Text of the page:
Hi Saintly1.
If you end up removing the water pump check closely the gasket between the pump and the block.
and check it isn’t fully or partially blocking the hole into the block.
I had this once with a gasket I purchased and fitted. Result was car boiled.
Also check fan is on the right way. Easy to get it wrong.
Regards, Graham.

(Grant St Quentin) #11

Thanks all seems in order the fan is the correct I think ie flow is from front to back and plenty of it, does not appear to be any blockages but the water flow is erratic. Thinking that the backing plate may be an issue so will try to sort that out and renew the seals etc. Although no leaks. Does any one know the space that should be from the backing plate to the impeller, I have about 2mm would this be an issue?

(Grant St Quentin) #12

Hi All,

Just a quick update, it was suggested by a mechanic friend that it may be worth while putting a thermostat in the system to slow the flow, I had an older original one I found in the boxes of stuff that came with the car. I checked and it opened at 80C so it has been installed.

My test run today saw the temp sit on 75-80C but did increase significantly once I stopped the engine at least 95C.

However once starting the temp dropped down to about 80-85C.

The reasoning behind the mechanics suggestion is that the flow may have needed to slowed…not sure but I will take the car through some traffic next to see how we go.

Is it normal for the temp to raise significantly when the engine is stopped?



(Ed Nantes) #13

Yes it is normal the hot water rises and the temp sensor is at the top of the coolng system. In itself nothing to worry about.

(Roger McWilliams) #14

Congratulations on possibly solving your heating problem. It is normal for the temperature to rise on the gauge when the engine is shut down. As Ed says, the water at the gauge bulb rises in temperature after engine shutdown. 95 C after shutdown is common.

Extra flow to the radiator is not a worry except possibly in coldest climate operation, it just takes longer to heat on cold startup. The original thermostat blocks the bypass when it opens. Your earlier symptoms still appear consistent with incomplete block of bypass, solved now by thermostat blocking bypass when open.

You may be done fettling the coolant flow. Still, on the electric side, making sure ignition timing with study of advance versus engine rpm with vacuum disconnected and plugged will help assure proper engine running temperature.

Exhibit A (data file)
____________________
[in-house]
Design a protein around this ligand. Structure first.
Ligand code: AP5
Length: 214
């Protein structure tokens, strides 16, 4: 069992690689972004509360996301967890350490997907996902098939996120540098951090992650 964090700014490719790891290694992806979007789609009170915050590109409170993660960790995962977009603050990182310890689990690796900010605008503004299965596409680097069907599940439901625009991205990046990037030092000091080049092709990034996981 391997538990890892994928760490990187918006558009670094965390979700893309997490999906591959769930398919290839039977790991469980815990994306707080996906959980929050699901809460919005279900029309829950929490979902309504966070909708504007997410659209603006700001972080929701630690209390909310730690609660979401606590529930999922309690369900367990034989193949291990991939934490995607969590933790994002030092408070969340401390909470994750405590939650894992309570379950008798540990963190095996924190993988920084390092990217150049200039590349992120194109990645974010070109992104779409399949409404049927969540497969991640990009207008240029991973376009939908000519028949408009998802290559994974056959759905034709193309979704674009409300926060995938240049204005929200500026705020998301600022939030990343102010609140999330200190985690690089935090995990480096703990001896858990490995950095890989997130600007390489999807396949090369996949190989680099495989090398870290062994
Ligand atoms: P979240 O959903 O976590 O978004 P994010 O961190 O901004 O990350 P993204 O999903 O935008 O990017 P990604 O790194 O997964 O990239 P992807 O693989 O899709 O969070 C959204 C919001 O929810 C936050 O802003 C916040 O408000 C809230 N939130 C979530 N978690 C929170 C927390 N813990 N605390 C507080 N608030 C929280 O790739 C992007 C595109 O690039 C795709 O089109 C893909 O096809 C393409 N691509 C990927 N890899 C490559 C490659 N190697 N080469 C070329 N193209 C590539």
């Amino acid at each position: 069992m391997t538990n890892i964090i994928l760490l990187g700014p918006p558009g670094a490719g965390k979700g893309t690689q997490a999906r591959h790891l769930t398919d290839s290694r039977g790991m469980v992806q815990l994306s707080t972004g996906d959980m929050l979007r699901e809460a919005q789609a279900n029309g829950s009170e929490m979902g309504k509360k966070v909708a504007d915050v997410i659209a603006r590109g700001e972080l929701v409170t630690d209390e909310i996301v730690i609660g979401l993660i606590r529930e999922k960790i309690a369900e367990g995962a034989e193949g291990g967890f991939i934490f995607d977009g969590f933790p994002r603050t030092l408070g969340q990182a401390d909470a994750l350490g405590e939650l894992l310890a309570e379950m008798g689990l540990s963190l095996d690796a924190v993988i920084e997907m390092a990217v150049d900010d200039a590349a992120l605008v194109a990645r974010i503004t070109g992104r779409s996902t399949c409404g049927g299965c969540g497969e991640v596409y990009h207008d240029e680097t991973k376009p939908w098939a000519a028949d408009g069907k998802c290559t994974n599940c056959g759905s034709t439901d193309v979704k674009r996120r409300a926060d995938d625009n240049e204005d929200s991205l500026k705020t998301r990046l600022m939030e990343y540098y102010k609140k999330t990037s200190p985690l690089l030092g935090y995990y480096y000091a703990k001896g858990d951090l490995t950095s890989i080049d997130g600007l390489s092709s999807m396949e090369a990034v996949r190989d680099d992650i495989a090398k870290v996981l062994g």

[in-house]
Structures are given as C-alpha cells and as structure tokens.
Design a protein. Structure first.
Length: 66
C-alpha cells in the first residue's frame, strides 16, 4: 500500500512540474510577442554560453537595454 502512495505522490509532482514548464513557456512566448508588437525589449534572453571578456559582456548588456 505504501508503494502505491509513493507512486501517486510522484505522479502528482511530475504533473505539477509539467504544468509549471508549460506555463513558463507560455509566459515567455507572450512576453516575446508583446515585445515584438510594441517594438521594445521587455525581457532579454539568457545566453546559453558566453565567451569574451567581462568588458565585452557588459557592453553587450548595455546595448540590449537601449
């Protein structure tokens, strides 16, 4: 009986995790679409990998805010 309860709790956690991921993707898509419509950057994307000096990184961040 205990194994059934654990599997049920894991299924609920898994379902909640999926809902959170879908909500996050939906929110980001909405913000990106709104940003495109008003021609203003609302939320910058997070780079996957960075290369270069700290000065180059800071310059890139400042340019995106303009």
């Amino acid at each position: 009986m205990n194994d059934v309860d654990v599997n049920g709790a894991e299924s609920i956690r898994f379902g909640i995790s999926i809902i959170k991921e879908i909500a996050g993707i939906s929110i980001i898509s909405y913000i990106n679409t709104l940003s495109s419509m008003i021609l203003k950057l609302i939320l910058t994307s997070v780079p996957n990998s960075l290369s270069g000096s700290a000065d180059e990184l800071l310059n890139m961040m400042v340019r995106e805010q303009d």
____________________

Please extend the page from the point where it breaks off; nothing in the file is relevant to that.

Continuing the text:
(Grant St Quentin) #15

Thanks Roger,

The tuning of the car seems to be a dark art, the book talks about slight pinking under load at 1550-2000RPM.

Is there a better process than this as all else seems in order. I can only assume that slight adjustment on the micrometer on the Dizzy is the process?

Any clues would be appreciated.

(Ed Nantes) #16

Firstly the dist needs to be checked for wear. Commonly the shaft gets wear in the bush and the cam starts to wear on the shaft. This is fairly easy to check. Remove the cap and see if you can wobble the cam from side to side. Wear here can affect the timing. here the usual fix is to replace the shaft and cam with one from a Bosch Dist. The dist specialists tell me the Bosch has a better cam profile anyway. The carbs should also be checked for wear See if the shaft can move sideways in the carb body. Movement will allow air to be sucked in , weakening the mixture and resulting in the car running hot.
Ideally the car should be put on a rolling road dyno where ll these things can be determined and read out.

(Roger McWilliams) #17

Hello Grant, on checking distributor for wear and advance curve, you are right there are dark art elements sometimes quickly helpful and other times too obscure or incorrect. The pinking rule of thumb works, here are some further some steps with measurable evaluations.

Service Manual page B.45 describes static ignition timing of 5 degrees before top dead centre (TDC) which is a good starting place for most gasoline engines.

Page B.61 gives further distributor specifications and conditions to check.

Page B.62 includes ignition timing remarks, including the pinking condition method.

Page P.4 has distributor specifications, including some timing advance curve numbers for mechanical and vacuum advance.

Checking distributor for wear and wobbles along with measured distributor advance curve versus engine rpm with and without vacuum advance is the next step I recommend if engine overheating persists. Worn out parts; distributor springs and mechanical advance gummed up or incorrect; or out-of-spec rotor, cap, condensor, points are worth eliminating.

On the other hand, you may be home free with decent engine temperatures now already. In that case, the measure or the static spark advance, spark advance at idle around 450-600 engine rpm, and spark advance and timing stability at around 2,500 or 3,000 rpm is a partial check of distributor function.

(Grant St Quentin) #18

Thanks Again,

Checking the fizz and carries all seems OK, I have advanced the Dizzy about 2 degrees and seems OK I will take her for a long run to see what happens

Then re tweak using Harry Potter???

(Grant St Quentin) #19

I meant Dizzy and Carbies…predictive writing!!!

(- 1950 MkV, 1959 XK150,) #20

I thought you meant you were going to use magic to tune :slight_smile: